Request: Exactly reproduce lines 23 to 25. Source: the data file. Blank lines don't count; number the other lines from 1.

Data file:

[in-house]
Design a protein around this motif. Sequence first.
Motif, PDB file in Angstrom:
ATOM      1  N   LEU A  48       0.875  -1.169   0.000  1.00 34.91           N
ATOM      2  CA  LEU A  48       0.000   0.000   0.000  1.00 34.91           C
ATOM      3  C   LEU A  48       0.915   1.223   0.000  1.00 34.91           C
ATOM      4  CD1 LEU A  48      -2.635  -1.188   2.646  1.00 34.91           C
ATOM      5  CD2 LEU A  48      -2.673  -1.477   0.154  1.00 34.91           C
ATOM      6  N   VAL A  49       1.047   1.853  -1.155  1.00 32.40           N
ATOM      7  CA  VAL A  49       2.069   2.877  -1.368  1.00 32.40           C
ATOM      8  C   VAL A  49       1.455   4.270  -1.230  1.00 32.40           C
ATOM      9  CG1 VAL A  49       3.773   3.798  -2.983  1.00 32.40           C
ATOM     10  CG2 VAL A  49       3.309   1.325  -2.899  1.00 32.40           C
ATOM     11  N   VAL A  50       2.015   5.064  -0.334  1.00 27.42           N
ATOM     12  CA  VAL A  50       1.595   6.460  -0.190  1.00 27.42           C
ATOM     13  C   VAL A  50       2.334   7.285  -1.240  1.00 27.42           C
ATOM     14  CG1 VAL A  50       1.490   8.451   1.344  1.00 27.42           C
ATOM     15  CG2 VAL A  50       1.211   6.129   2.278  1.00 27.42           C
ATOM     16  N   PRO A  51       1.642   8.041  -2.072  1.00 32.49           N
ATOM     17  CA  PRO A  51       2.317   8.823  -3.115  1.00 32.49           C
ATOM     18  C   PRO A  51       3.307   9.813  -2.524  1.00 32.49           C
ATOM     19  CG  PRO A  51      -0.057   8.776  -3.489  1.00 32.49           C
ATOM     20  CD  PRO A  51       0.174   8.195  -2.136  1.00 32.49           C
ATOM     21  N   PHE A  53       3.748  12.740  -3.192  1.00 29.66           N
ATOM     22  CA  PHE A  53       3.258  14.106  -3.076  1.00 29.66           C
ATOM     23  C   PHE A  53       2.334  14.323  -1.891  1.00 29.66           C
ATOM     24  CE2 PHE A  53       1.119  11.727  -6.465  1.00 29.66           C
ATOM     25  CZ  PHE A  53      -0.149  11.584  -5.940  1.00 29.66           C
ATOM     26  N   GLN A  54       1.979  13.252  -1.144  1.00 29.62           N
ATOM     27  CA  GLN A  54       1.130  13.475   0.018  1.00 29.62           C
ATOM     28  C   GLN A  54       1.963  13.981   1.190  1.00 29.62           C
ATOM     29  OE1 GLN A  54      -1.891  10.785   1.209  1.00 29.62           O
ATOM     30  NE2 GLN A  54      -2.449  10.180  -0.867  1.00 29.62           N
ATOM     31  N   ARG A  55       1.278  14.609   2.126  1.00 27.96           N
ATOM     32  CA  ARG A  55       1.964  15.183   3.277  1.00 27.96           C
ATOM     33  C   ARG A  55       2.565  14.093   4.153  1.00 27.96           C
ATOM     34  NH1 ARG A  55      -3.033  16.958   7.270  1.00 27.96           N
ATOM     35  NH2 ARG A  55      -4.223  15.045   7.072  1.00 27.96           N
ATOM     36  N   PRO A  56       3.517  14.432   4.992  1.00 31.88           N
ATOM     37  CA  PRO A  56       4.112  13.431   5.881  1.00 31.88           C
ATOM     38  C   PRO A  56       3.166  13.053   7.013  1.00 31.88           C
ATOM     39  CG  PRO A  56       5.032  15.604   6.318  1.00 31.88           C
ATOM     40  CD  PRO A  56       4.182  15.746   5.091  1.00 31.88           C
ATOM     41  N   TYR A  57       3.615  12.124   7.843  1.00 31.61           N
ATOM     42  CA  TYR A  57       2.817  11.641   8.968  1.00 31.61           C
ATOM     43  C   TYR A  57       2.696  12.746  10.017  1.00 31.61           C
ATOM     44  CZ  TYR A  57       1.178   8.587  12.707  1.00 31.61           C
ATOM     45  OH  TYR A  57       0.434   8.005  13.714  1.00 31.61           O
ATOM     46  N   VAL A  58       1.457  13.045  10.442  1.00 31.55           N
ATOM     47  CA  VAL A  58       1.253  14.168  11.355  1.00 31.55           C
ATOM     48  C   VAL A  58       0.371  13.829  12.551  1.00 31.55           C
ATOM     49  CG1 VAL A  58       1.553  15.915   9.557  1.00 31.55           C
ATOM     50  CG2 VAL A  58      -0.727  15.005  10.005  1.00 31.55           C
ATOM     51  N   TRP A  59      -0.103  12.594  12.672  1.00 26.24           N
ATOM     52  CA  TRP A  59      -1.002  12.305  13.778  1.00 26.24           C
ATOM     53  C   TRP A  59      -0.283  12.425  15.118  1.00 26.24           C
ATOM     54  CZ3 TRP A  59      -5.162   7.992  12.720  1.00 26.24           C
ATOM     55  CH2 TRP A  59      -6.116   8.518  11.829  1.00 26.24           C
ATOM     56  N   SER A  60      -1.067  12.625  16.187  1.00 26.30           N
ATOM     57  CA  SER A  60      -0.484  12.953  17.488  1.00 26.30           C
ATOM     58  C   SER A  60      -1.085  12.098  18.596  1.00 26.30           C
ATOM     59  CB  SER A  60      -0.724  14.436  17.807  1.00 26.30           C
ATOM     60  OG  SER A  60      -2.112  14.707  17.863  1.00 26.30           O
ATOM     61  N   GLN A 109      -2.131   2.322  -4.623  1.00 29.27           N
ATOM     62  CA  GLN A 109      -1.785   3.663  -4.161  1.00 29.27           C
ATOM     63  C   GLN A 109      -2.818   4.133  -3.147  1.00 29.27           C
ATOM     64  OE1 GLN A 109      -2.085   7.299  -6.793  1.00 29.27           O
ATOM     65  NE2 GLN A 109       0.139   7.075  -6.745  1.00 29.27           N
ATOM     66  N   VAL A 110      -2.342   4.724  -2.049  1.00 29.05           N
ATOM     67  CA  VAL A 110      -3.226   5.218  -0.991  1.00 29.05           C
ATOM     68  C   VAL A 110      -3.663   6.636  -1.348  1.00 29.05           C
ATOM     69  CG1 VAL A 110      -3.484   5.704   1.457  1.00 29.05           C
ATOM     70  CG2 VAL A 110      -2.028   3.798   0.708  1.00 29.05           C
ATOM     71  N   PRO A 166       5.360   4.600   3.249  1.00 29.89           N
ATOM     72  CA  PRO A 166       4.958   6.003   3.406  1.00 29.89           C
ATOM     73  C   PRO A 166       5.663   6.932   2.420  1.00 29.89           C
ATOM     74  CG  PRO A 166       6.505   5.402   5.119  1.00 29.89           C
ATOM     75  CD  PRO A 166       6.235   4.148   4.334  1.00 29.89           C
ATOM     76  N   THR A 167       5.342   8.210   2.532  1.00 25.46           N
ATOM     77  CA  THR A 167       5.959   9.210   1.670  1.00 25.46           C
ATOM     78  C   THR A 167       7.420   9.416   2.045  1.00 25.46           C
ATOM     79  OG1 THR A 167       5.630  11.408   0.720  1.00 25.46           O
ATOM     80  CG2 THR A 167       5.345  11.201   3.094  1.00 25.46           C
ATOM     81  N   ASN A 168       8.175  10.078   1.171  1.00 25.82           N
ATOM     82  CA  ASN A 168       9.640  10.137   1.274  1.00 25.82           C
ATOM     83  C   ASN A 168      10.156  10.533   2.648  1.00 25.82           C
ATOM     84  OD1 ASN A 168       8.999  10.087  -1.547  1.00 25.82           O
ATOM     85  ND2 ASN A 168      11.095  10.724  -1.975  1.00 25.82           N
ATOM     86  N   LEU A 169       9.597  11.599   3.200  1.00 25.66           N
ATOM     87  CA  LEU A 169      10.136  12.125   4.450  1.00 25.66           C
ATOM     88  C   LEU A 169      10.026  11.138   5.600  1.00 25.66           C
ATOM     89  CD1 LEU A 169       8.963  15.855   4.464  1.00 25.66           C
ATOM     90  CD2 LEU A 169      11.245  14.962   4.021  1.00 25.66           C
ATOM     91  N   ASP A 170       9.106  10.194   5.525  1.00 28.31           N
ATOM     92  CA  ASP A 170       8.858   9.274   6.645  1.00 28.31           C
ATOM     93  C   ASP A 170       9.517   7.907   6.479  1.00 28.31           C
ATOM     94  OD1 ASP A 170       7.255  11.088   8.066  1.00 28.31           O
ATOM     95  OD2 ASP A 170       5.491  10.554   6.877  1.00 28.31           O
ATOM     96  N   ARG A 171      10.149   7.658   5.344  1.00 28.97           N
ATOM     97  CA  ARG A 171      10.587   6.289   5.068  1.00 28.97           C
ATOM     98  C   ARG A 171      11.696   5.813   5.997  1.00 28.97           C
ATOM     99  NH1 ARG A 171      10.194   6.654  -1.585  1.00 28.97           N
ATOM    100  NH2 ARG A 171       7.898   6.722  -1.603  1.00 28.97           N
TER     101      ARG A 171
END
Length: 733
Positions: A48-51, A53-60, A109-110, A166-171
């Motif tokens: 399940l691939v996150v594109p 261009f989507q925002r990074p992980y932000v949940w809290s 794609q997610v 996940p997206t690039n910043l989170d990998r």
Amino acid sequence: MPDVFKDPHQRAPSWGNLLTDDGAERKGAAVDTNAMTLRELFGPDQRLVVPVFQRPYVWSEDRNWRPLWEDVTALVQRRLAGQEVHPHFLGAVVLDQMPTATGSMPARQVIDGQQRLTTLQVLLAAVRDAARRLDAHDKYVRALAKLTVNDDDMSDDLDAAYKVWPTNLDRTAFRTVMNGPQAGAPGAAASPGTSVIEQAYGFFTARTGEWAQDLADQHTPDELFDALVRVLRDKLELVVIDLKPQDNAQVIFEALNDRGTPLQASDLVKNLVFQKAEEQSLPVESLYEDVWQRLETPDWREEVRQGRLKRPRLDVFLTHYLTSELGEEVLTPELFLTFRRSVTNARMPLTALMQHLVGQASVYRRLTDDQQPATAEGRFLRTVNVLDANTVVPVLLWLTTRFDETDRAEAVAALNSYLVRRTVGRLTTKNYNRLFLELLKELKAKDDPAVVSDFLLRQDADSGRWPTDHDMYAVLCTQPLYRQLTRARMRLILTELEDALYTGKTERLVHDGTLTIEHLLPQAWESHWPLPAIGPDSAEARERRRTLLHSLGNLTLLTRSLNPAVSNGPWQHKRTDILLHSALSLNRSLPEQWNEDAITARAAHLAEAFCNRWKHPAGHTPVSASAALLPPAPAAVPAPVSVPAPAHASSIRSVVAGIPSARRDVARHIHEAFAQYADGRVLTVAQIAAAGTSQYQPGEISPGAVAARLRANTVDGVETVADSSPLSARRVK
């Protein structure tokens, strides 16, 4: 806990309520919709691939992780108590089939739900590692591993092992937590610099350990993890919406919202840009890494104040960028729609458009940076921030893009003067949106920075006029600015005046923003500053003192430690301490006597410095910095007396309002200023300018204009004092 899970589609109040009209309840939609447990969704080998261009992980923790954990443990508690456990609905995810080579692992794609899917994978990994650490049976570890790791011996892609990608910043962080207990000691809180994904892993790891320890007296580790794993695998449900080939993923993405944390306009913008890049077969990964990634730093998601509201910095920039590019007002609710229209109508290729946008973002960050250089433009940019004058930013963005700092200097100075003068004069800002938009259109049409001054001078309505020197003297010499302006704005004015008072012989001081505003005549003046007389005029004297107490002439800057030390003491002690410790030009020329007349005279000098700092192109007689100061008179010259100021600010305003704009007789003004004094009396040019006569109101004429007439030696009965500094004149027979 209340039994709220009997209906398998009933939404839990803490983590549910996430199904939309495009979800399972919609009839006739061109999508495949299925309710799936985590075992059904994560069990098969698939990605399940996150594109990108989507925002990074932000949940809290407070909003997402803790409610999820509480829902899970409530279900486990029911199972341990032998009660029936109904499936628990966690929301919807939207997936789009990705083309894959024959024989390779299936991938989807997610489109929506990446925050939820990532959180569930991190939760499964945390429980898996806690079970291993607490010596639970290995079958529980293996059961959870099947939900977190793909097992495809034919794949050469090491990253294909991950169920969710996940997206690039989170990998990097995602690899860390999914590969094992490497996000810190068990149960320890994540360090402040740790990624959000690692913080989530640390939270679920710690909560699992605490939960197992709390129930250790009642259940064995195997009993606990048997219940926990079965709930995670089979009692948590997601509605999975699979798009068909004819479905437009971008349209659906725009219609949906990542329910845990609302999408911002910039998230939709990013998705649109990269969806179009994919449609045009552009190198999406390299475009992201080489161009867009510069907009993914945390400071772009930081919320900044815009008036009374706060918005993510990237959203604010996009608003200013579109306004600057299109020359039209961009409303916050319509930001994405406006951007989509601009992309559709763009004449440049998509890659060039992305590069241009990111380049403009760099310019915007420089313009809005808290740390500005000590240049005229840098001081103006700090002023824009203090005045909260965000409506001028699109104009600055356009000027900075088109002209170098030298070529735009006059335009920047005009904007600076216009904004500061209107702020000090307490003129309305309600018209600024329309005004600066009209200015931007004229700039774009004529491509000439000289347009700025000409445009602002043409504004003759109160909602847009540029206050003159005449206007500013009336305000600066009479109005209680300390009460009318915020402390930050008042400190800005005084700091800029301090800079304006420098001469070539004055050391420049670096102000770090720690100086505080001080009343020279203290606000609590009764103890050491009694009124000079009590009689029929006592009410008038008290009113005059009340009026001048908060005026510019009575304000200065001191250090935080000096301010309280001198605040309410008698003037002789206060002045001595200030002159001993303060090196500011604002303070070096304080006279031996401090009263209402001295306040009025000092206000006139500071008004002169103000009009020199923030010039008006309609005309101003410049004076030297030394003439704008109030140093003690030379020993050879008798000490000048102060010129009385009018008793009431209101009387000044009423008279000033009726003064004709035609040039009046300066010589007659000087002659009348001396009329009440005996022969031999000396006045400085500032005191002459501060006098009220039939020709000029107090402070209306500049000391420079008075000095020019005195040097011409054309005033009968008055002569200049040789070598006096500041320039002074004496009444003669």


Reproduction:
ATOM     20  CD  PRO A  51       0.174   8.195  -2.136  1.00 32.49           C
ATOM     21  N   PHE A  53       3.748  12.740  -3.192  1.00 29.66           N
ATOM     22  CA  PHE A  53       3.258  14.106  -3.076  1.00 29.66           C